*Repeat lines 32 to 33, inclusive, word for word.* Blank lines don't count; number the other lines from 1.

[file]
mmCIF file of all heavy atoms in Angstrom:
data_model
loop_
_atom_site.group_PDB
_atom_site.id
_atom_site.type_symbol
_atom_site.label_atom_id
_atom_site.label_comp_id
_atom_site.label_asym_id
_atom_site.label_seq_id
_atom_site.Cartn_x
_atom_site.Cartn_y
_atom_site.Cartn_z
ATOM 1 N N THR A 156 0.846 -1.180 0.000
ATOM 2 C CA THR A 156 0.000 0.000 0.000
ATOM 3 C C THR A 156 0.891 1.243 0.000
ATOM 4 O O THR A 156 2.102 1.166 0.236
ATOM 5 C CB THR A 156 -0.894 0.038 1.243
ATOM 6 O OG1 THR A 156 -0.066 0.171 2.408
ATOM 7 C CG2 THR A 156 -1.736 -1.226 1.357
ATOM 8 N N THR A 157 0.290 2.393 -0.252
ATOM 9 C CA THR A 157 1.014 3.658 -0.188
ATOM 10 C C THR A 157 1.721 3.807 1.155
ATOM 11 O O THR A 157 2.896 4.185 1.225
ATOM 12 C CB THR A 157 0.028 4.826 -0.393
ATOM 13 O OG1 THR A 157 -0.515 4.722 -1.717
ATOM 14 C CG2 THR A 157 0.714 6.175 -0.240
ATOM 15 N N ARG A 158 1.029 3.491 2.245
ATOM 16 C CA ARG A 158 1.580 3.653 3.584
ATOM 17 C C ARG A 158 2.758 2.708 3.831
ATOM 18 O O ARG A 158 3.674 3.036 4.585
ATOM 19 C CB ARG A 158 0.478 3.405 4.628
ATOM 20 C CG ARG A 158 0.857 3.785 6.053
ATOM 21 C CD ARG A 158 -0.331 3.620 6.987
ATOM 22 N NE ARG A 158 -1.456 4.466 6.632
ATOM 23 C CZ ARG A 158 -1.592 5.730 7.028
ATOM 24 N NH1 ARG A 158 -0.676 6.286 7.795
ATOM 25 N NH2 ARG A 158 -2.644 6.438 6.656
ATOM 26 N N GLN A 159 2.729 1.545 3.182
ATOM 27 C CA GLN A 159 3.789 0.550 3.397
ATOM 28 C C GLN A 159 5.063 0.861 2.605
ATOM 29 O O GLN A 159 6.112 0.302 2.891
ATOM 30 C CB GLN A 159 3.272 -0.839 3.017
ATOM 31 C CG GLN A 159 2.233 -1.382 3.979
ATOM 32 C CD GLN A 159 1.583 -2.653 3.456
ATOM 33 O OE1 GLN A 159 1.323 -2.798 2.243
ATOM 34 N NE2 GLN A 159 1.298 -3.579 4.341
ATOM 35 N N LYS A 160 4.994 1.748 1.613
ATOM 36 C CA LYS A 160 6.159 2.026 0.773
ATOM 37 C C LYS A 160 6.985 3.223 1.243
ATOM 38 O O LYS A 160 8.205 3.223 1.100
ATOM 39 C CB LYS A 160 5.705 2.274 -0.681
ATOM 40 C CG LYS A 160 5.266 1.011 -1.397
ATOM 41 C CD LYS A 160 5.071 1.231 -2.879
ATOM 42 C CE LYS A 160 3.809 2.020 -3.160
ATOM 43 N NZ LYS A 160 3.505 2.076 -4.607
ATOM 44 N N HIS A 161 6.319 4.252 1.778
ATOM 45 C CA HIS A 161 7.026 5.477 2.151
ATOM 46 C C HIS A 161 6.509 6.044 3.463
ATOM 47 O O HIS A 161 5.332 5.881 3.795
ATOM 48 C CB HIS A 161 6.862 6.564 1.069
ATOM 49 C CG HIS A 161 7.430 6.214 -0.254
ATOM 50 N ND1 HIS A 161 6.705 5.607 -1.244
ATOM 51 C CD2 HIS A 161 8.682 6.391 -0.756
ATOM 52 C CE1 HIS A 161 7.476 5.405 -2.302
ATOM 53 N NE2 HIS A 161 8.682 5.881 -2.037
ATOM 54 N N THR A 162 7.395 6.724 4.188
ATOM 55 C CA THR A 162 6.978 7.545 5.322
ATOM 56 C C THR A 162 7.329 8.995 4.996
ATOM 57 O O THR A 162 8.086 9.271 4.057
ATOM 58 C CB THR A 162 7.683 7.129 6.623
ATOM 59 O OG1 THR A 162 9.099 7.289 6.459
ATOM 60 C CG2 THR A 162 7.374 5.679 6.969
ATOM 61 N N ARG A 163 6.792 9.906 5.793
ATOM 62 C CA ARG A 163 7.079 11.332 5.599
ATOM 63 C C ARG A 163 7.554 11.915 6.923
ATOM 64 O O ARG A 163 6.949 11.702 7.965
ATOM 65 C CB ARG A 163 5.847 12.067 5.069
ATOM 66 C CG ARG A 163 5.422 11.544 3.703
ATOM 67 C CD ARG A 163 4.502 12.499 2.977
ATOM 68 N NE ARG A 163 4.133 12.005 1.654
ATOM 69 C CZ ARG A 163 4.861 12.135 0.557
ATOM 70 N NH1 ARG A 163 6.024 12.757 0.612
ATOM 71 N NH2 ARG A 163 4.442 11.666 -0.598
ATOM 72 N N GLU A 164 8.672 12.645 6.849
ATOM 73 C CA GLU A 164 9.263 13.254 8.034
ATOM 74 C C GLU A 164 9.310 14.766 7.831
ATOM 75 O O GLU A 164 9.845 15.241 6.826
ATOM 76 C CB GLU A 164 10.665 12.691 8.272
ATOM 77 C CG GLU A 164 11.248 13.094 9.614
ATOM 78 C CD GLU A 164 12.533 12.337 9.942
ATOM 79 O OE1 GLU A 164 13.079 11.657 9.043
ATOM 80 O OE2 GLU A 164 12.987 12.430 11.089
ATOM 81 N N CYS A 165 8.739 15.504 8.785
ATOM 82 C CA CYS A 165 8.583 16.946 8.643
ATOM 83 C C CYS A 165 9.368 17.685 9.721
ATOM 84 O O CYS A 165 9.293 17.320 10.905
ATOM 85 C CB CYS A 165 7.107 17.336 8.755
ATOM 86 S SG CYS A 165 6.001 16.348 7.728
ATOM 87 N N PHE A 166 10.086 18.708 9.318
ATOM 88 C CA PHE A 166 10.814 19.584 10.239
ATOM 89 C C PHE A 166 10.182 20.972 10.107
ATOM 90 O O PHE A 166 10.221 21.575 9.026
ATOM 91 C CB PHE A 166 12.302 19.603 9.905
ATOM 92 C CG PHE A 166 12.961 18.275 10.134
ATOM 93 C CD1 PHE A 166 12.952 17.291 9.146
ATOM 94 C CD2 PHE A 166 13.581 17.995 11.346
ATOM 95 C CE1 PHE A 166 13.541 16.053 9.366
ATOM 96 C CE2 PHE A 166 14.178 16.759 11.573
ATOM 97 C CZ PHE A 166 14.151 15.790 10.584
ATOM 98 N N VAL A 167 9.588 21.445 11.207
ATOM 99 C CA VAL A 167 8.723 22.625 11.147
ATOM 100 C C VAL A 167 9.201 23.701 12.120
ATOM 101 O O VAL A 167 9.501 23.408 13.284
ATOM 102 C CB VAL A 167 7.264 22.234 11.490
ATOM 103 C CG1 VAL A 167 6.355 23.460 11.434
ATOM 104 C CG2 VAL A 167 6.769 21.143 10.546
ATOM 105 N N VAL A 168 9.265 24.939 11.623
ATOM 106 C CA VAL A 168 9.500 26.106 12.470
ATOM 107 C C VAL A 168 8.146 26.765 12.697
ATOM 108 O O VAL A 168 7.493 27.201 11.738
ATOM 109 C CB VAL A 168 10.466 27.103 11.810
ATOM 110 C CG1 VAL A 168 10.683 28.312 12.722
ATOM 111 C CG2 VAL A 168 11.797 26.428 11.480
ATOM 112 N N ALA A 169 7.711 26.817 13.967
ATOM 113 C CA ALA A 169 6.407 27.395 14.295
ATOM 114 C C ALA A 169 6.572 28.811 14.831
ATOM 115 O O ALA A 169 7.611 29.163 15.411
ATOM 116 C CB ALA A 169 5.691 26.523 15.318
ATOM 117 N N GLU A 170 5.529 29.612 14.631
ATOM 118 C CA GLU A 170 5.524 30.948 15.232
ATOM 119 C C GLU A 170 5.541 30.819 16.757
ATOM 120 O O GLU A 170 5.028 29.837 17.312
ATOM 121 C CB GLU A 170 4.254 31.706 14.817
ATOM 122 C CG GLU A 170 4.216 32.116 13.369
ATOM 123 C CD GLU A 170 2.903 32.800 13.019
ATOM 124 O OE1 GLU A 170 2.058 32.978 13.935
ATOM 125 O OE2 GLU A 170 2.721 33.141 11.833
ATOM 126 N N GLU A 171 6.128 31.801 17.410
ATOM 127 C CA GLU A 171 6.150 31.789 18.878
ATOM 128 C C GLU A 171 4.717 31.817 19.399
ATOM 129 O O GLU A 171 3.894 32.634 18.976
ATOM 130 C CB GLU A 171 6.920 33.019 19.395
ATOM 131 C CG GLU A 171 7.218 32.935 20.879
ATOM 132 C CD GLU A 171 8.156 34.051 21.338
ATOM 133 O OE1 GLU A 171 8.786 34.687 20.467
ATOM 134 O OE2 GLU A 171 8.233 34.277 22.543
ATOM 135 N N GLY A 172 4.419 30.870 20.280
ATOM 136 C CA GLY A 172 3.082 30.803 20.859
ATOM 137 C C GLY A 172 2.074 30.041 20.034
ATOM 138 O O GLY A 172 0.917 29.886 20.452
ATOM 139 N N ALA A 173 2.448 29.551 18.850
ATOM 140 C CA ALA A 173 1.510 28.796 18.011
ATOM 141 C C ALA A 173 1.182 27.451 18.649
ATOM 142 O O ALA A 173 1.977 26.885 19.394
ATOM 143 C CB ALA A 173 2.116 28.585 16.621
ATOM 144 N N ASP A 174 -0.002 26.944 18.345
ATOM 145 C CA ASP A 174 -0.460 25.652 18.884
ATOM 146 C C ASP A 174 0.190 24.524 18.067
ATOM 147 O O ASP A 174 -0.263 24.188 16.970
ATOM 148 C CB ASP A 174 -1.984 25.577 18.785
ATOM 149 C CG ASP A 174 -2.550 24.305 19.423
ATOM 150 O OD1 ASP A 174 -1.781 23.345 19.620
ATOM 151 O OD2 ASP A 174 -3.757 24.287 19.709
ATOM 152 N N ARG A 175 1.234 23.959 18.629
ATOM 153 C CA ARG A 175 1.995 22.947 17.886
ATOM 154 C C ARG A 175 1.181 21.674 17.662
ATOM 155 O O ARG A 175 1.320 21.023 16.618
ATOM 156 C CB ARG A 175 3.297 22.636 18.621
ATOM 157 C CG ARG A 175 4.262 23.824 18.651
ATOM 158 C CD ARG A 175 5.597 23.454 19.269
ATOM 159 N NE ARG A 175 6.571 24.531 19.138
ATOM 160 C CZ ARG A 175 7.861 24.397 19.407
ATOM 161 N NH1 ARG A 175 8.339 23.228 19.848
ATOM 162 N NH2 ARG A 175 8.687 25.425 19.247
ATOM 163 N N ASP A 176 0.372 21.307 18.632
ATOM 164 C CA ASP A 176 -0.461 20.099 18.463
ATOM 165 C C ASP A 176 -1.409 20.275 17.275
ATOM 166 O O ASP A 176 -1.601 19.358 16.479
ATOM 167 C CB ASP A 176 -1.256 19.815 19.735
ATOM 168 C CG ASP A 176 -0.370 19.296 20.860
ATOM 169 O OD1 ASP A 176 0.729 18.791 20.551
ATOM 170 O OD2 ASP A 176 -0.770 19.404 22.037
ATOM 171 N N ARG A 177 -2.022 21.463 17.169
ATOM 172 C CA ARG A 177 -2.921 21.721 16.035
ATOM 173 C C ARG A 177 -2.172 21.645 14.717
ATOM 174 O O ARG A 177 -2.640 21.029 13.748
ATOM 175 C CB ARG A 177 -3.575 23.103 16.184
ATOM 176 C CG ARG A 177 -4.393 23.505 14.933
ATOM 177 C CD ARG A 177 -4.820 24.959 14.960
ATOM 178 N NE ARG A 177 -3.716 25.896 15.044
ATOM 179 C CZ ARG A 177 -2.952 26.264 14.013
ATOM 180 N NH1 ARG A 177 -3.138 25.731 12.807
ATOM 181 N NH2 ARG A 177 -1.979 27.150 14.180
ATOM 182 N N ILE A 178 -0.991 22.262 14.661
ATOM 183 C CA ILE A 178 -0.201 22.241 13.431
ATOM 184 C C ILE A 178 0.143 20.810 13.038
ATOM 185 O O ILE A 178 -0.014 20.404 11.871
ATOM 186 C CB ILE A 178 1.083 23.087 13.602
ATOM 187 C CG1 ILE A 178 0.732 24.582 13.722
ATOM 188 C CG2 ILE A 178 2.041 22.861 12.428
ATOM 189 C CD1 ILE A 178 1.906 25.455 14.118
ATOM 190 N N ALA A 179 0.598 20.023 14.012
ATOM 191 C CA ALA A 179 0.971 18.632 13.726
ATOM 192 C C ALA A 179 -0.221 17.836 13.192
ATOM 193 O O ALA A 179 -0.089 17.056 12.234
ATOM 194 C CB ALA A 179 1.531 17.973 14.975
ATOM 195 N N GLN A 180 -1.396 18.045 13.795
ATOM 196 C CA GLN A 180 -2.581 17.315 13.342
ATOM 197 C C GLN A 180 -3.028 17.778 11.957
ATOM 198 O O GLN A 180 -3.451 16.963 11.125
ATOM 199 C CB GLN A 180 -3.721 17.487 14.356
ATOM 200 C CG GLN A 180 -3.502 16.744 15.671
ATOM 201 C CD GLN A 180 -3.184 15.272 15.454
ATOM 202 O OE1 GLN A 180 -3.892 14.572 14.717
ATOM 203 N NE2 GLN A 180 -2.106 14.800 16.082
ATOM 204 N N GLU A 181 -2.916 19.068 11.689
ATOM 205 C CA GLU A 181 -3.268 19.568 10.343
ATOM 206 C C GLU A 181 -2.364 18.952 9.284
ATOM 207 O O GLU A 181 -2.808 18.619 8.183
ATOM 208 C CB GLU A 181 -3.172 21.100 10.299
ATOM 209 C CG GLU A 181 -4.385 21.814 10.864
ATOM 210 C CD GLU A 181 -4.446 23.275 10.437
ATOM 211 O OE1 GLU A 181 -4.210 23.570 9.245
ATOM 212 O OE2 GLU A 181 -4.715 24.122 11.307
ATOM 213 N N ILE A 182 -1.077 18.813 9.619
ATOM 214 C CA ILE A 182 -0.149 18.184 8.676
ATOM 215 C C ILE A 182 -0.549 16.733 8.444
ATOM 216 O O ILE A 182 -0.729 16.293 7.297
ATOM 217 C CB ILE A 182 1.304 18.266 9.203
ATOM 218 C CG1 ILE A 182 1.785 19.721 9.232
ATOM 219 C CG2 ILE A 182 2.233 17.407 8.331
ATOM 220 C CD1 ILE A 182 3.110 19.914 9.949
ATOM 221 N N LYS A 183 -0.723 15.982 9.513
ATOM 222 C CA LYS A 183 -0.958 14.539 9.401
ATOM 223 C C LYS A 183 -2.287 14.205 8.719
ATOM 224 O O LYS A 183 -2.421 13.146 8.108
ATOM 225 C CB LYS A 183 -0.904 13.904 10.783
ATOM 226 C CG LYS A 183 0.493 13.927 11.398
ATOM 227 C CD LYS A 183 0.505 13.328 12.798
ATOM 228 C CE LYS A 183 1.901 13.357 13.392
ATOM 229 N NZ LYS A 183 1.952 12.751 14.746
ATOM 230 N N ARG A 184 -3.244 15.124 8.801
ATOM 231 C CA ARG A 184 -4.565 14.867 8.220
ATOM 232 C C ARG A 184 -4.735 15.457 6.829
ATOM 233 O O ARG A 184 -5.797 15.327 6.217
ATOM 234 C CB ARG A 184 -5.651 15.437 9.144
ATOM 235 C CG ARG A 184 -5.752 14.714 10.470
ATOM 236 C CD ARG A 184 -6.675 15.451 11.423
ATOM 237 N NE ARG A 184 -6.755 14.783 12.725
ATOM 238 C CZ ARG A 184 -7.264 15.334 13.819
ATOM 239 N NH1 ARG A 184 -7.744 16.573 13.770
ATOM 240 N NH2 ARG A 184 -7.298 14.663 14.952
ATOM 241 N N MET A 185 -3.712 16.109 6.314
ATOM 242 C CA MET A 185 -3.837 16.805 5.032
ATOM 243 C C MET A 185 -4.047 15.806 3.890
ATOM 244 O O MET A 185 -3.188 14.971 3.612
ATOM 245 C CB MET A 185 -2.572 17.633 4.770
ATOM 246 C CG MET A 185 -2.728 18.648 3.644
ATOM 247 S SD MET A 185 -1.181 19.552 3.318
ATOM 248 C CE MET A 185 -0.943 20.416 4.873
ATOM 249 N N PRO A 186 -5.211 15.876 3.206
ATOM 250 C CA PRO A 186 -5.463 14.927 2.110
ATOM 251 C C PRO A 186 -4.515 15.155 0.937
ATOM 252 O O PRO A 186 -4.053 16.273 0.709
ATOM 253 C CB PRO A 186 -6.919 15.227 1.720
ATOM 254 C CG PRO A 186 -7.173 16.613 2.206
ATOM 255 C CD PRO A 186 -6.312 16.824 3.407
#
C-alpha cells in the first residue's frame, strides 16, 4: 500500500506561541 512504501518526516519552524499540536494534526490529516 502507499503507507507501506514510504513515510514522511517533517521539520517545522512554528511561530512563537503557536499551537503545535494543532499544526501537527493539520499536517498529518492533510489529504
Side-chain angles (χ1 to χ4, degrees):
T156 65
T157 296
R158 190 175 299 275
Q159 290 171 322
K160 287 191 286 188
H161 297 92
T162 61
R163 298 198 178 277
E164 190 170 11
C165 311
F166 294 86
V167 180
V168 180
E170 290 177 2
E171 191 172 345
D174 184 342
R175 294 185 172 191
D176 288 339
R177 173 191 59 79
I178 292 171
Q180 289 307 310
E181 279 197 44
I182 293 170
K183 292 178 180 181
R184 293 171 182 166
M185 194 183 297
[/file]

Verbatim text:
ATOM 19 C CB ARG A 158 0.478 3.405 4.628
ATOM 20 C CG ARG A 158 0.857 3.785 6.053